Revenue, Cost Concepts, and Market Structure Proposal

Revenue, Cost Concepts, and Market Structure Proposal
      Rita Benchekroun
                  Instructor: Sangeeta K. Bishop, Ph.D
            November 29, 2010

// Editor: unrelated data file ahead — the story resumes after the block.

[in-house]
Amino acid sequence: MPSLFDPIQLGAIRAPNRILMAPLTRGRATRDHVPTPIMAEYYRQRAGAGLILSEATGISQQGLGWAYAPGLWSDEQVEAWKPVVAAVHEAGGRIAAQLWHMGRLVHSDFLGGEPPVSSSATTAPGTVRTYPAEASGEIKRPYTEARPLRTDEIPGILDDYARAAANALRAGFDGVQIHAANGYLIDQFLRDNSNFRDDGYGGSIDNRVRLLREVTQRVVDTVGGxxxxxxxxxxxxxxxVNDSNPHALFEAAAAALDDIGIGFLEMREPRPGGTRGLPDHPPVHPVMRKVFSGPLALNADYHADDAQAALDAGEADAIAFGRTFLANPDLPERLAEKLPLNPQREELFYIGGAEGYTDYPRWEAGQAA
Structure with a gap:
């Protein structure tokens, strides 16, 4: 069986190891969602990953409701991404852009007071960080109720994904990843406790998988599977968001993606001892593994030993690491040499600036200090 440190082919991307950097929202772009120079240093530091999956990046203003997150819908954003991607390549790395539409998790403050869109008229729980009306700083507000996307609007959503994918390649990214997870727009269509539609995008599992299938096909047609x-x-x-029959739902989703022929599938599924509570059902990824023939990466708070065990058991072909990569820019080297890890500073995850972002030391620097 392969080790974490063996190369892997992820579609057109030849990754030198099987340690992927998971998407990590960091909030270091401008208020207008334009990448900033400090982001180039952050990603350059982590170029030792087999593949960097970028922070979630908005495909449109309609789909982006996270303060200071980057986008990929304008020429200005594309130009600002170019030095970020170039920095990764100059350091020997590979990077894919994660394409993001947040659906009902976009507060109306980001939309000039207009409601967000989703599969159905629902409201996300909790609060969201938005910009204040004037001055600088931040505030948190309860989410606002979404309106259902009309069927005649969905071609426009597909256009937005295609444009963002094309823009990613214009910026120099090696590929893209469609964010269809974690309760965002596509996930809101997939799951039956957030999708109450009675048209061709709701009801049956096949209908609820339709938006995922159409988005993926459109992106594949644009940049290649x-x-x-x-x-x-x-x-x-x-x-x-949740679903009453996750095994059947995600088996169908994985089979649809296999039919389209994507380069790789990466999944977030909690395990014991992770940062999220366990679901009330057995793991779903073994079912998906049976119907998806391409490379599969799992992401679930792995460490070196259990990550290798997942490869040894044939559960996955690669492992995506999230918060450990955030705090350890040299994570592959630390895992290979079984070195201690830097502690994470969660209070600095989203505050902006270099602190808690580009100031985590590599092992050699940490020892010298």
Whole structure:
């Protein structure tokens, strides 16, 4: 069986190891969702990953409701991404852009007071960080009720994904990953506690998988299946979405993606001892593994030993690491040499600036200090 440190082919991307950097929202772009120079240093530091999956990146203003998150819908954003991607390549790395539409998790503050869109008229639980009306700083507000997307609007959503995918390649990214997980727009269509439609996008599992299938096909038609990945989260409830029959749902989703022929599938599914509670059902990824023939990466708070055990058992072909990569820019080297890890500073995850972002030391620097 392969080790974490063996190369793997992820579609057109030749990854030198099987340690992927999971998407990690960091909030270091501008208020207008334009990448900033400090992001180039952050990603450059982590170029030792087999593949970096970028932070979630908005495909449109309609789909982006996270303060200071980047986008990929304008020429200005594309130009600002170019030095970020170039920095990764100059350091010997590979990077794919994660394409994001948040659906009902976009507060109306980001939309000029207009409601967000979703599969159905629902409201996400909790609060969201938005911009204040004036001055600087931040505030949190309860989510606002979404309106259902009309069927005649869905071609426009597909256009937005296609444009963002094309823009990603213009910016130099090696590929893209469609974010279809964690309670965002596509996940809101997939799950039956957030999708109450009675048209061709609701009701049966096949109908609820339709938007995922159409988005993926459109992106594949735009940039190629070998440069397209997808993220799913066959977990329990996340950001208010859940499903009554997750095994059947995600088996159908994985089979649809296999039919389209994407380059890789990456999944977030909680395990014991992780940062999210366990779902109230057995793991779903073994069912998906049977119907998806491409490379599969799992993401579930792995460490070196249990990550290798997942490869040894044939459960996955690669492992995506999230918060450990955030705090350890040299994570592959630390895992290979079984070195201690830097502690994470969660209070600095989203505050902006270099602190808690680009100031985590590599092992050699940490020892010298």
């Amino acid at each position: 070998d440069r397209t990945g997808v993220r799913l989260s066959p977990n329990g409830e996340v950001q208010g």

Clear Hear is a maker of cell phones, where Kendra Sherman exerts as a business development specialist. Kendra apprehensively anticipates meeting with Lisa Norman, the production manager at Clear Hear. Kendra has locked an order of 100,000 cell phones that are practically alike Clear Hear’s Alpha model. This opportunity will back up a support that a main company, Big Box, is having with a telephone service provider (University of Phoenix website). The scheduled delivery date is in 90 days. Lisa shows interest, relatively because she holds a surplus capacity of 70,000 cell phone unit s over the upcoming three months, and a part of her bonus is derived from operating the factory at capacity. Alternatively, the larger part of her bonus is obtained from the plant’s overall output. Big Box, though, will not disburse more than $15 for each unit of cell phones, which are supported by $20 per unit Alpha model, which reduces Kendra’s dedication (University of Phoenix website). The second production line that Clear Hear runs at its factory is the Beta model, which has more attributes. This model’s suggested price is $30, but it costs a little more to manufacture it. Lisa realizes that she could change production of 30,000 units from the Beta model to Alpha to secure the order. Just last week, though, an Original Equipment Manufacturer (OEM), which has a broad experience in manufacturing cell phones for other brands and has received several quality awards for its manufacturing developments, demonstrated Lisa a prototype of the Alpha unit. The OEM tried to convince Lisa that not only could they generate up to 100,000 units of the Alpha model on short notice, but the effectiveness of the cell phone would be indistinguishable to Clear Hear’s product. The price would be a nonnegotiable $14 per...